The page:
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UNC expert: Tick diseases on the rise in North Carolina

UNC expert: Tick diseases on the rise in North Carolina

Suburban development has created an ideal habitat for ticks, says Marcia Herman-Giddens, an adjunct professor at the Gillings School of Global Public Health at the University of North Carolina at Chapel Hill.

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Family House Diaries: Getting Life Back After a Liver Transplant

Family House Diaries: Getting Life Back After a Liver Transplant

Almost seven weeks after receiving a new liver, Dennis Foster, 56, returns to work part-time as a ranger with the U.S. Forest Service, forever grateful for a second chance thanks to the kindness of strangers.

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Unearthing King Tet: Key protein influences stem cell fate

Unearthing King Tet: Key protein influences stem cell fate

UNC researchers reveal how a protein called Tet1 helps stem cells keep their “stemness” in a paper published in Nature.

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International AIDS conference features UNC work

International AIDS conference features UNC work

New results and next steps are the focus of the year’s most important HIV/AIDS research gathering. UNC researchers present findings on antiretroviral drugs, prevention approaches and community interventions.

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Chris Ellington named a ‘CFO of the Year’ by Triangle Business Journal

Chris Ellington, MBA, executive vice president and chief financial officer at UNC Health Care, is one of 17 winners named in the Triangle Business Journal’s CFO of the Year Awards.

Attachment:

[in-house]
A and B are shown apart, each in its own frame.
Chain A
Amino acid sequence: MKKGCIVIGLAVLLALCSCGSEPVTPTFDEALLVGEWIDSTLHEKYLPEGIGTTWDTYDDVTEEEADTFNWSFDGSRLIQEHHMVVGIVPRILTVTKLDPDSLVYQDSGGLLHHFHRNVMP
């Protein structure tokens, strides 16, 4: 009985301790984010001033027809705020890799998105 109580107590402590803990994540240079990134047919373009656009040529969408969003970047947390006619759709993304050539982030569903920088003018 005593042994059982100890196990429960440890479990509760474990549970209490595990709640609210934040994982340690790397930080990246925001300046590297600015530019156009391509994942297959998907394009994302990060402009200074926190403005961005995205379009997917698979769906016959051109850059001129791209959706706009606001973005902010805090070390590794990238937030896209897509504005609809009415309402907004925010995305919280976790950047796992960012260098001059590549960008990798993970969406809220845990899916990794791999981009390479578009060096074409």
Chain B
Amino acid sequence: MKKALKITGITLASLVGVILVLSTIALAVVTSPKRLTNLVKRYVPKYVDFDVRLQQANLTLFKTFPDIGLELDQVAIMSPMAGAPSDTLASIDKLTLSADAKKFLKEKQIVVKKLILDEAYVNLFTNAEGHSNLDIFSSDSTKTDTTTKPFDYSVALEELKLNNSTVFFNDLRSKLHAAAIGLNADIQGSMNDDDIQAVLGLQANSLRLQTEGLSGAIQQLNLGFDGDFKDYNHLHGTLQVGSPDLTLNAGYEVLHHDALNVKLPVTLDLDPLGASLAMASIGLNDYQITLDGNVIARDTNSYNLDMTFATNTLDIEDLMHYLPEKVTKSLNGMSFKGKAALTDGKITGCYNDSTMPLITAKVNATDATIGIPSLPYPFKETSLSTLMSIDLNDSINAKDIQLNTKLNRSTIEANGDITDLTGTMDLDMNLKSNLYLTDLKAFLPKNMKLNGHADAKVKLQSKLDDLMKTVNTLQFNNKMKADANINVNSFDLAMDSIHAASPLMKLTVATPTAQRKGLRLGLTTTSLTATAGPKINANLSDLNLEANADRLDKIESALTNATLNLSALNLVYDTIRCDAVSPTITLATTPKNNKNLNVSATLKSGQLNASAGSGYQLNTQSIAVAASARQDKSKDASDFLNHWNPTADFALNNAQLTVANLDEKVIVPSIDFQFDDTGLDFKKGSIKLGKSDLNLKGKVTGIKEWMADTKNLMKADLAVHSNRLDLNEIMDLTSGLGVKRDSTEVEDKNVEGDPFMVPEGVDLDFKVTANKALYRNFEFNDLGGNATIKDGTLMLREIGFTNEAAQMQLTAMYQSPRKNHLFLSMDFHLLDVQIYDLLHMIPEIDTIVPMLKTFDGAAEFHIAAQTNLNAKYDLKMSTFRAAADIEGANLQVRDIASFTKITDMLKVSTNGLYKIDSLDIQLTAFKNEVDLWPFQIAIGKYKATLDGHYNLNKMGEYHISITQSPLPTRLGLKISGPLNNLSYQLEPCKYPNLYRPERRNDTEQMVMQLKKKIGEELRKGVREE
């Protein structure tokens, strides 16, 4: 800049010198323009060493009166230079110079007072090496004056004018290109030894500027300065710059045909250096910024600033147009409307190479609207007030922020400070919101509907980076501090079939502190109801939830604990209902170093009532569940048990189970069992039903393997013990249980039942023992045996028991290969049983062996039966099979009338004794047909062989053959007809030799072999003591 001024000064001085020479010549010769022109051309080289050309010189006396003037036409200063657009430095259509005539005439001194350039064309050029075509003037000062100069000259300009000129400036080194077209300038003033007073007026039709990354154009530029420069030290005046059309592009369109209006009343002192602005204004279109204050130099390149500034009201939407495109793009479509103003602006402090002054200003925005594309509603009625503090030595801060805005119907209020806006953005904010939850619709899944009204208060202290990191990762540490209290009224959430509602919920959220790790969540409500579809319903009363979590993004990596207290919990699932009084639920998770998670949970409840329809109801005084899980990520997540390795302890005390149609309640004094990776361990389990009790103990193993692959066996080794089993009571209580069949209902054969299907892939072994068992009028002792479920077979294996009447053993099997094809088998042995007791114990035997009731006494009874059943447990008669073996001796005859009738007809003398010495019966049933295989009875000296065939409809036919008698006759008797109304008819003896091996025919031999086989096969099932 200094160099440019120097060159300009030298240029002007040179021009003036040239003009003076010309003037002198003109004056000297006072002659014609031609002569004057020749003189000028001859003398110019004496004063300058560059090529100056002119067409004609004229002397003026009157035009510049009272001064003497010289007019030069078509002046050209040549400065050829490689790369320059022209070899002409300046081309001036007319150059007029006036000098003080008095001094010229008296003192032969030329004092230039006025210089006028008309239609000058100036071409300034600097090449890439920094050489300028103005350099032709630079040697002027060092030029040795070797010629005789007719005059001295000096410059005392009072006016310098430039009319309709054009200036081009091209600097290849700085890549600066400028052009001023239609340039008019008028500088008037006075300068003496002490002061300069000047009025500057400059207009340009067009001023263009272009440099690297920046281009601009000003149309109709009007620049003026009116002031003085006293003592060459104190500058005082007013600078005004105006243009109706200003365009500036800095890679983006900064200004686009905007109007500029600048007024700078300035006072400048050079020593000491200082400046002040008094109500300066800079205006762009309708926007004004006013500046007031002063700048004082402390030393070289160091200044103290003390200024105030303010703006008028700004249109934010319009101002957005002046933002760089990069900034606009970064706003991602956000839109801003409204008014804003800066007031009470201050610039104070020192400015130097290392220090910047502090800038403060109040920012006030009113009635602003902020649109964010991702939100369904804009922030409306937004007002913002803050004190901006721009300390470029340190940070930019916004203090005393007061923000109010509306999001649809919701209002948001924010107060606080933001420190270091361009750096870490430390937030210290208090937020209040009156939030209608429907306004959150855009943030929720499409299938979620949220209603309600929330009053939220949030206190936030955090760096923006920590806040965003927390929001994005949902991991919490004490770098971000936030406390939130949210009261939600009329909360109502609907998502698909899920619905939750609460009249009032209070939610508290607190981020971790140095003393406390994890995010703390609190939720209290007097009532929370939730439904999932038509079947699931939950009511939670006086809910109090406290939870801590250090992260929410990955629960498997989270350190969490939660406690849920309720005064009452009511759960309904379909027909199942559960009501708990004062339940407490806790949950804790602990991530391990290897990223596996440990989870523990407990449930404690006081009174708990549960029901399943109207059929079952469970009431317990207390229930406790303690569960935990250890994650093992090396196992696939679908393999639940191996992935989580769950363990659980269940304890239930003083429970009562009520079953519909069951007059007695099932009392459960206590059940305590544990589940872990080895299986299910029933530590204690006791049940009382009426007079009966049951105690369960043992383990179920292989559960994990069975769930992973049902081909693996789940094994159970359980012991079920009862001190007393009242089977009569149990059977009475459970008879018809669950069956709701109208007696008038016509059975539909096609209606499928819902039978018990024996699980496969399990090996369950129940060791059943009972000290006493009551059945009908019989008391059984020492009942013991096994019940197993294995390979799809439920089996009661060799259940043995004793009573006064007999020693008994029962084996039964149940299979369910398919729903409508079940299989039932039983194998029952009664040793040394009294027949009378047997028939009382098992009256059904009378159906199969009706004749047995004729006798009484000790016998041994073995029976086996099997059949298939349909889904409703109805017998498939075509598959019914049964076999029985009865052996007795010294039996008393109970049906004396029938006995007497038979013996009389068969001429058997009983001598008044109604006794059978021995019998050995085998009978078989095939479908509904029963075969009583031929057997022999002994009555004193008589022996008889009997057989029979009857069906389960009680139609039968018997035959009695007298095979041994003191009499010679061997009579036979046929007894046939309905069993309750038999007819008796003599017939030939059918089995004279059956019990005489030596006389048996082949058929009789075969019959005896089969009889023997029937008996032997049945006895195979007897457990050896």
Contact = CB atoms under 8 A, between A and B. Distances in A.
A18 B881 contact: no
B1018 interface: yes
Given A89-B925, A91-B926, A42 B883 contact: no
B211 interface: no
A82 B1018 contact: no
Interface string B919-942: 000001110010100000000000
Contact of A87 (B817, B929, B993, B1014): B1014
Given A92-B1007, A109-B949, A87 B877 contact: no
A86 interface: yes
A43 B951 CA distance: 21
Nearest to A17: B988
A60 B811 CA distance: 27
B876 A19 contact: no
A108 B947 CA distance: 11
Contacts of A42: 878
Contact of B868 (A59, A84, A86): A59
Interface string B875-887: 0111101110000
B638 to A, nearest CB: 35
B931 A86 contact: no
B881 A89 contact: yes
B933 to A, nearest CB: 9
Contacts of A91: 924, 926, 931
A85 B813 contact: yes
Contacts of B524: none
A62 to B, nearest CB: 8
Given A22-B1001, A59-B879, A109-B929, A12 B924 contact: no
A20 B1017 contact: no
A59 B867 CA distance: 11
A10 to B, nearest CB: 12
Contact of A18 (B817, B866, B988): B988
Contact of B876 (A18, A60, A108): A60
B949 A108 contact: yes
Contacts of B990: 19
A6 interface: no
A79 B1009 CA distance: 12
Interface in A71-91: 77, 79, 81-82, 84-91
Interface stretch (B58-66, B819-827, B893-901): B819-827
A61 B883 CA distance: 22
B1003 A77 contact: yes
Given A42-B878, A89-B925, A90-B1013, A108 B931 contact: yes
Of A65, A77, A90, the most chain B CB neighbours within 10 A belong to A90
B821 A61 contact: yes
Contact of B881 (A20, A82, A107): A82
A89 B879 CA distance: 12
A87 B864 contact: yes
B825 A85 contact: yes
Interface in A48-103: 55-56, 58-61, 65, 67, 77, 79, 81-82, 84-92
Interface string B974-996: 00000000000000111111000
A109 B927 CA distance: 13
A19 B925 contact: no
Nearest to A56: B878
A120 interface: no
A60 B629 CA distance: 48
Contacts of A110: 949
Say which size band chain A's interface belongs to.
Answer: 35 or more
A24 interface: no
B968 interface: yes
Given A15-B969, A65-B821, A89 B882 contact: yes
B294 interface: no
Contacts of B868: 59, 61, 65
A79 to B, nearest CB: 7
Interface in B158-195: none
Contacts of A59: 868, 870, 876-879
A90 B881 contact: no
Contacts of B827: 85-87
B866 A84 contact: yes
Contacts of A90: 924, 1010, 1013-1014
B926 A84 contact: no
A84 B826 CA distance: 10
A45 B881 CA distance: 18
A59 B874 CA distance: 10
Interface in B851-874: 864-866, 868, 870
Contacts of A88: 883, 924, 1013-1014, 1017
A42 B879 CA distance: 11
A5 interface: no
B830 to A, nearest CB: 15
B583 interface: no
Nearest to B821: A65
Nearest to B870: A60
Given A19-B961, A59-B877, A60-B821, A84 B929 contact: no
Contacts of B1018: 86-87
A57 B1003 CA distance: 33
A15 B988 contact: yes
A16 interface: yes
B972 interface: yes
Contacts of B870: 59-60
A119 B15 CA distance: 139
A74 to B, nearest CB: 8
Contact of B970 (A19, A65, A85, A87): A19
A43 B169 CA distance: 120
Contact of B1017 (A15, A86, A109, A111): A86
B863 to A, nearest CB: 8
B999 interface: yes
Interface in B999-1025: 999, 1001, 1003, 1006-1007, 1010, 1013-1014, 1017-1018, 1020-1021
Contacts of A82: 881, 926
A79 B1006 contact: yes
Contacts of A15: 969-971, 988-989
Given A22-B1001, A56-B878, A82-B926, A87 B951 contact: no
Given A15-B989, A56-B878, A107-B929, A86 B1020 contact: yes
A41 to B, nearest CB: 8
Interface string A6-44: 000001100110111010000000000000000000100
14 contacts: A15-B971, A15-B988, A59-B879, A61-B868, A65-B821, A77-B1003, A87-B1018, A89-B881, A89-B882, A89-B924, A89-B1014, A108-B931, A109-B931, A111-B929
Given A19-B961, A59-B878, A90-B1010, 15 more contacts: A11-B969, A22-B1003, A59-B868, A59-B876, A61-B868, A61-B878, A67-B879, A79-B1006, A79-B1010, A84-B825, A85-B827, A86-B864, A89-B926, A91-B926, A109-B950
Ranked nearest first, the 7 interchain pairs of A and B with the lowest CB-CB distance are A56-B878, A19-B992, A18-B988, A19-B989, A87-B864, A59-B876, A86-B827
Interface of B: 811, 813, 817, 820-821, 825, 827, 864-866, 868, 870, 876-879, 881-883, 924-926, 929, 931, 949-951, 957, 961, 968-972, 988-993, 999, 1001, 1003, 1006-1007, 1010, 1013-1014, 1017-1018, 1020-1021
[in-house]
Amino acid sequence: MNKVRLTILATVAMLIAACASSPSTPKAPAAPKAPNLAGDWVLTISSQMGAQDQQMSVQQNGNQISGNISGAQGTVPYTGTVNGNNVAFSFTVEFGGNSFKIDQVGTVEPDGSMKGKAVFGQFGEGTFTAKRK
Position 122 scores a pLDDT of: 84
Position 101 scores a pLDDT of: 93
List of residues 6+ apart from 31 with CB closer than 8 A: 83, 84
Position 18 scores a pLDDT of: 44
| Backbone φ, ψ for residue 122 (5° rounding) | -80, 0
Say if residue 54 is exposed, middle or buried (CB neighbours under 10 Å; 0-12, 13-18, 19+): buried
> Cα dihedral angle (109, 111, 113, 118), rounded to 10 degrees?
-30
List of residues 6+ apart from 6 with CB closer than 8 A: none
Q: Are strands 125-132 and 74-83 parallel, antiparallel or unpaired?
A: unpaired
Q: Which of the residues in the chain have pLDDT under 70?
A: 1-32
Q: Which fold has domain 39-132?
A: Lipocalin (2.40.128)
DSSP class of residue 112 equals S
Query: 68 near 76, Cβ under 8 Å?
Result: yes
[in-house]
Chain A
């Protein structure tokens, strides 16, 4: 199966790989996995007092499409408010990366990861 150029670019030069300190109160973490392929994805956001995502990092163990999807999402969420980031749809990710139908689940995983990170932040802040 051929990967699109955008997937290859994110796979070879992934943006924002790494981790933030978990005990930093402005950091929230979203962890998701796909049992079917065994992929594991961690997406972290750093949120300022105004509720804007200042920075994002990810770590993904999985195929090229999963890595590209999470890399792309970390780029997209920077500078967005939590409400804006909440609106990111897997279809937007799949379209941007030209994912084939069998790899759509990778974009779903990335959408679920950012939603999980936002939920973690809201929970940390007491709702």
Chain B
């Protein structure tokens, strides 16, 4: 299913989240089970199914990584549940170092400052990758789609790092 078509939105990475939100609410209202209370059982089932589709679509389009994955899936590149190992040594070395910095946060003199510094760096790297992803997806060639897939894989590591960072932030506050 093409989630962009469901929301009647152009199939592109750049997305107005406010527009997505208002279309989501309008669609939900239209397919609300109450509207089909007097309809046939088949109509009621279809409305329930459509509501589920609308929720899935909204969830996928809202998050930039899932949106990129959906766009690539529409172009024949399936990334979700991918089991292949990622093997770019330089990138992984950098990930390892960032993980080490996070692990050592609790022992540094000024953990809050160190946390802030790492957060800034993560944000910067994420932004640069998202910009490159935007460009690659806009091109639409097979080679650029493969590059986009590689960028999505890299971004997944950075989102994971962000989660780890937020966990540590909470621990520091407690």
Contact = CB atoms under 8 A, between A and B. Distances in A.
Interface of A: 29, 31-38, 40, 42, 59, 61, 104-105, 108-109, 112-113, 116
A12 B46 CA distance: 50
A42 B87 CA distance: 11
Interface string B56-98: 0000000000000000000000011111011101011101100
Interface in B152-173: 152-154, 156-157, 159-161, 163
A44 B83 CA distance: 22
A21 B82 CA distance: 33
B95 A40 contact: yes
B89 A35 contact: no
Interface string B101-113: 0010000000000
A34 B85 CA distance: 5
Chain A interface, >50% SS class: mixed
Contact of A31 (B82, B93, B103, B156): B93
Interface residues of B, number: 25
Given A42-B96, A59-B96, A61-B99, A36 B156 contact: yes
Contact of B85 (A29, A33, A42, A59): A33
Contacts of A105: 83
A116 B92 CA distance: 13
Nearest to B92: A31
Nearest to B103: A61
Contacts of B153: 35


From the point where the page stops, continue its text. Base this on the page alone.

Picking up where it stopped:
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Four specialties at UNC Hospitals ranked among nation’s best

UNC Hospitals has been ranked in four specialties in U.S. News & World Report's 2010-11 Best Hospitals. This is the 18th year in a row that UNC Hospitals has been ranked in multiple specialties.

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UNC scientists author editorial on international trials for vasculitis

UNC scientists author editorial on international trials for vasculitis

Ronald J. Falk, MD and Charles Jennette, MD, are international experts in vasculitis and co-authors of the editorial in the New England Journal of Medicine.

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Simple tools help parents understand a child's risk of obesity, make positive changes

Simple tools help parents understand a child's risk of obesity, make positive changes

A study at NC Children’s Hospital confirms previous reports that parents of overweight or obese children do not recognize their child’s weight problem. But arming pediatricians with a “toolkit” could address several problems.

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Expert: Sunscreen just the first step to skin protection

Expert: Sunscreen just the first step to skin protection

Applying sunscreen is a summer ritual for Americans hoping to protect their skin from burns, wrinkles and cancers. But researchers have raised questions about the safety of some sunscreens.

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Two UNC medical students named HHMI Medical Research Fellows

Two UNC medical students named HHMI Medical Research Fellows

Kerry Colby, a native of Wilmington, N.C. and Jordan Kemere, who grew up in Richardson, Texas, are among 74 students from 26 medical schools and two veterinary schools were chosen as fellows from a pool of 274 -- the largest number of applicants in the history of the program.